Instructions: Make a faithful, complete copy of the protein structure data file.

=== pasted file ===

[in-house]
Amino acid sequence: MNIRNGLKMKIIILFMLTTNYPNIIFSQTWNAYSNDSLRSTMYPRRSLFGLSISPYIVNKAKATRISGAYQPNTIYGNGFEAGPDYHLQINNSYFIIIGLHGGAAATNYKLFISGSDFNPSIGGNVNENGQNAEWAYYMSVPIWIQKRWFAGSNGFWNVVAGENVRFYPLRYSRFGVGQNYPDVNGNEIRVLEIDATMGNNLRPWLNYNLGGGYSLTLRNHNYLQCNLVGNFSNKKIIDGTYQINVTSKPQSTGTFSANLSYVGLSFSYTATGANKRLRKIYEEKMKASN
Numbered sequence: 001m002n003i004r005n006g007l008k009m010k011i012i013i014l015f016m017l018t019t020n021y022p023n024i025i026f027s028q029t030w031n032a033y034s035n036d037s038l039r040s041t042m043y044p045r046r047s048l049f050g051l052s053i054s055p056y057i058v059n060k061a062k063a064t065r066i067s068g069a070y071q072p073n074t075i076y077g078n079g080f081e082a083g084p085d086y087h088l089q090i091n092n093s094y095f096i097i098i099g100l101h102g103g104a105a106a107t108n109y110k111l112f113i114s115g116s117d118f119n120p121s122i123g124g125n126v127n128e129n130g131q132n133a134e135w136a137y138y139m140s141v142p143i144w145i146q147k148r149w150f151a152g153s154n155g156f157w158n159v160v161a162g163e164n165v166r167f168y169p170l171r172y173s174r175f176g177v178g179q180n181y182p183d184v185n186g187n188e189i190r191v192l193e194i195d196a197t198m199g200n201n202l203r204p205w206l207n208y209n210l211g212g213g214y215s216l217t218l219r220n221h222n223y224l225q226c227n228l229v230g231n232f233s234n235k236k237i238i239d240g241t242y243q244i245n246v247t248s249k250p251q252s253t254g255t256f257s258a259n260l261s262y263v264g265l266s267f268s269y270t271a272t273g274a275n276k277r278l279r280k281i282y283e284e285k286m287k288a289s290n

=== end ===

[in-house]
Amino acid sequence: MNIRNGLKMKIIILFMLTTNYPNIIFSQTWNAYSNDSLRSTMYPRRSLFGLSISPYIVNKAKATRISGAYQPNTIYGNGFEAGPDYHLQINNSYFIIIGLHGGAAATNYKLFISGSDFNPSIGGNVNENGQNAEWAYYMSVPIWIQKRWFAGSNGFWNVVAGENVRFYPLRYSRFGVGQNYPDVNGNEIRVLEIDATMGNNLRPWLNYNLGGGYSLTLRNHNYLQCNLVGNFSNKKIIDGTYQINVTSKPQSTGTFSANLSYVGLSFSYTATGANKRLRKIYEEKMKASN
Numbered sequence: 001m002n003i004r005n006g007l008k009m010k011i012i013i014l015f016m017l018t019t020n021y022p023n024i025i026f027s028q029t030w031n032a033y034s035n036d037s038l039r040s041t042m043y044p045r046r047s048l049f050g051l052s053i054s055p056y057i058v059n060k061a062k063a064t065r066i067s068g069a070y071q072p073n074t075i076y077g078n079g080f081e082a083g084p085d086y087h088l089q090i091n092n093s094y095f096i097i098i099g100l101h102g103g104a105a106a107t108n109y110k111l112f113i114s115g116s117d118f119n120p121s122i123g124g125n126v127n128e129n130g131q132n133a134e135w136a137y138y139m140s141v142p143i144w145i146q147k148r149w150f151a152g153s154n155g156f157w158n159v160v161a162g163e164n165v166r167f168y169p170l171r172y173s174r175f176g177v178g179q180n181y182p183d184v185n186g187n188e189i190r191v192l193e194i195d196a197t198m199g200n201n202l203r204p205w206l207n208y209n210l211g212g213g214y215s216l217t218l219r220n221h222n223y224l225q226c227n228l229v230g231n232f233s234n235k236k237i238i239d240g241t242y243q244i245n246v247t248s249k250p251q252s253t254g255t256f257s258a259n260l261s262y263v264g265l266s267f268s269y270t271a272t273g274a275n276k277r278l279r280k281i282y283e284e285k286m287k288a289s290n